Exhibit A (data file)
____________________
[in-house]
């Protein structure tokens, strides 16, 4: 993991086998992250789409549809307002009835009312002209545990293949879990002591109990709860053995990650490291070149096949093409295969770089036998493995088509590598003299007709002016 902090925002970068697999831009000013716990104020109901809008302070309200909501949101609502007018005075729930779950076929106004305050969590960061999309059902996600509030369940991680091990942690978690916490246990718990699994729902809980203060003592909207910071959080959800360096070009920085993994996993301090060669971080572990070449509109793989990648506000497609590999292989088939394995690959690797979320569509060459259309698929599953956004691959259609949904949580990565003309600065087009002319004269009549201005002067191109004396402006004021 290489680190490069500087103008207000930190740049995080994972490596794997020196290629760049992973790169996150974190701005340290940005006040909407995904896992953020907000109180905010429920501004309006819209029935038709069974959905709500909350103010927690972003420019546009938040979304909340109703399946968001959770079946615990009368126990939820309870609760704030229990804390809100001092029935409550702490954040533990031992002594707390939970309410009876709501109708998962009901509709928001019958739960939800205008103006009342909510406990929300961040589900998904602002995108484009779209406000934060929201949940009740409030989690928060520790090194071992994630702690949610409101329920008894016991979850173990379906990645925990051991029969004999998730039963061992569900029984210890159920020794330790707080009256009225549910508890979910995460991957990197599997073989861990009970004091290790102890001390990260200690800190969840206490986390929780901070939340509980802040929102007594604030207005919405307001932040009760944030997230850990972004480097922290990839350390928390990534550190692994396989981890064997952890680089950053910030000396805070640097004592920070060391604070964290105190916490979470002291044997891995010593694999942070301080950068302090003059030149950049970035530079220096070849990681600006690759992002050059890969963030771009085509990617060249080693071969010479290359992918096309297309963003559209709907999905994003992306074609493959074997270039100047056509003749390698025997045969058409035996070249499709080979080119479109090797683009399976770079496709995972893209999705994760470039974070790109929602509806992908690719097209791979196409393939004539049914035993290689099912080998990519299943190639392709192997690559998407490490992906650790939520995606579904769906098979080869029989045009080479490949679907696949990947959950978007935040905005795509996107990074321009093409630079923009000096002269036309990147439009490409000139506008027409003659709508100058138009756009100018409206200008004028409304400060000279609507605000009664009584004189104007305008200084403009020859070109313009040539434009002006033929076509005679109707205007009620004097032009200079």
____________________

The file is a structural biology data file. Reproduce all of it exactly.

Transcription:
[in-house]
């Protein structure tokens, strides 16, 4: 993991086998992250789409549809307002009835009312002209545990293949879990002591109990709860053995990650490291070149096949093409295969770089036998493995088509590598003299007709002016 902090925002970068697999831009000013716990104020109901809008302070309200909501949101609502007018005075729930779950076929106004305050969590960061999309059902996600509030369940991680091990942690978690916490246990718990699994729902809980203060003592909207910071959080959800360096070009920085993994996993301090060669971080572990070449509109793989990648506000497609590999292989088939394995690959690797979320569509060459259309698929599953956004691959259609949904949580990565003309600065087009002319004269009549201005002067191109004396402006004021 290489680190490069500087103008207000930190740049995080994972490596794997020196290629760049992973790169996150974190701005340290940005006040909407995904896992953020907000109180905010429920501004309006819209029935038709069974959905709500909350103010927690972003420019546009938040979304909340109703399946968001959770079946615990009368126990939820309870609760704030229990804390809100001092029935409550702490954040533990031992002594707390939970309410009876709501109708998962009901509709928001019958739960939800205008103006009342909510406990929300961040589900998904602002995108484009779209406000934060929201949940009740409030989690928060520790090194071992994630702690949610409101329920008894016991979850173990379906990645925990051991029969004999998730039963061992569900029984210890159920020794330790707080009256009225549910508890979910995460991957990197599997073989861990009970004091290790102890001390990260200690800190969840206490986390929780901070939340509980802040929102007594604030207005919405307001932040009760944030997230850990972004480097922290990839350390928390990534550190692994396989981890064997952890680089950053910030000396805070640097004592920070060391604070964290105190916490979470002291044997891995010593694999942070301080950068302090003059030149950049970035530079220096070849990681600006690759992002050059890969963030771009085509990617060249080693071969010479290359992918096309297309963003559209709907999905994003992306074609493959074997270039100047056509003749390698025997045969058409035996070249499709080979080119479109090797683009399976770079496709995972893209999705994760470039974070790109929602509806992908690719097209791979196409393939004539049914035993290689099912080998990519299943190639392709192997690559998407490490992906650790939520995606579904769906098979080869029989045009080479490949679907696949990947959950978007935040905005795509996107990074321009093409630079923009000096002269036309990147439009490409000139506008027409003659709508100058138009756009100018409206200008004028409304400060000279609507605000009664009584004189104007305008200084403009020859070109313009040539434009002006033929076509005679109707205007009620004097032009200079």